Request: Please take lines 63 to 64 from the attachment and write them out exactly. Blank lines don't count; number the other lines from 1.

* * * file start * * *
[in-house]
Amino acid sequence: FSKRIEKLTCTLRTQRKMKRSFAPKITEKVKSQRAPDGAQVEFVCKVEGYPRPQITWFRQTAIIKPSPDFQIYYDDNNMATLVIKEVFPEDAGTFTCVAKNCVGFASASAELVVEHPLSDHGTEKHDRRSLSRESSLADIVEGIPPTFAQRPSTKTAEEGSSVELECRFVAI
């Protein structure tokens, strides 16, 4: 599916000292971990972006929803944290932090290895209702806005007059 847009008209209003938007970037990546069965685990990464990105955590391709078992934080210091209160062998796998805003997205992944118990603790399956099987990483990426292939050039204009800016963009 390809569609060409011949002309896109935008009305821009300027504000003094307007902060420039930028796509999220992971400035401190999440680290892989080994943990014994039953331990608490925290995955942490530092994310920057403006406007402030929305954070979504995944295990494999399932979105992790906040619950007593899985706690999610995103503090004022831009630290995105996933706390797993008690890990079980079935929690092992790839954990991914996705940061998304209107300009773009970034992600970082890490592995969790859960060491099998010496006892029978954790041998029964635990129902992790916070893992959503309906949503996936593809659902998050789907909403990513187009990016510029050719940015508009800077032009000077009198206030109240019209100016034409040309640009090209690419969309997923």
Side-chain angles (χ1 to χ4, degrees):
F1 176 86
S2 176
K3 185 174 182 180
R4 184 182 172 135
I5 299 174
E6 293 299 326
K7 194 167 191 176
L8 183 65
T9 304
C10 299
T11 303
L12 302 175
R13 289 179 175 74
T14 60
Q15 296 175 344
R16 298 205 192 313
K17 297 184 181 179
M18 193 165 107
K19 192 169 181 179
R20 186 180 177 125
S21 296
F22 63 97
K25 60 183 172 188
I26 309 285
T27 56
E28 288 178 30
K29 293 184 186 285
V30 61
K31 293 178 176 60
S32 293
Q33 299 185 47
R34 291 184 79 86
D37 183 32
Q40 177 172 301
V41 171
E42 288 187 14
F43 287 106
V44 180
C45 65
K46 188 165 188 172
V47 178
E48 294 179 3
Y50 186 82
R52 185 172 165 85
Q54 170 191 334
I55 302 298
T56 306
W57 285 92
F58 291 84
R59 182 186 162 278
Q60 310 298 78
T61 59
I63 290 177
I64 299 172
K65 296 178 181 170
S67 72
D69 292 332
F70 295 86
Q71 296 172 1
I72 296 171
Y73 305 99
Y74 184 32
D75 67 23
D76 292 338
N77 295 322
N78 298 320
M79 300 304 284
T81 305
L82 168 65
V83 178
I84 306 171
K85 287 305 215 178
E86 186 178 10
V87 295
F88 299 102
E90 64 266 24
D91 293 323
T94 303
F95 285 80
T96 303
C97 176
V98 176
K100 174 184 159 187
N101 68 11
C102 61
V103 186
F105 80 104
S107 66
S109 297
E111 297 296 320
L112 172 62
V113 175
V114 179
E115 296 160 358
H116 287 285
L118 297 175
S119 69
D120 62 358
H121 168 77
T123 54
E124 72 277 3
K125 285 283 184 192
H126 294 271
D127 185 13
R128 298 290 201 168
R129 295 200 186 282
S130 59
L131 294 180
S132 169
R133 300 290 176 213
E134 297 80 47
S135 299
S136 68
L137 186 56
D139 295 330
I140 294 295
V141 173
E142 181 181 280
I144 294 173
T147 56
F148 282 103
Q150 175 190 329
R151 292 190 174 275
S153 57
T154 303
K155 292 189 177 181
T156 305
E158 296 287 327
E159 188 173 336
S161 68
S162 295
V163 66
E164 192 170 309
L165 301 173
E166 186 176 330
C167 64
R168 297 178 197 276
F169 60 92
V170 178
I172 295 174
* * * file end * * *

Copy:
Q71 296 172 1
I72 296 171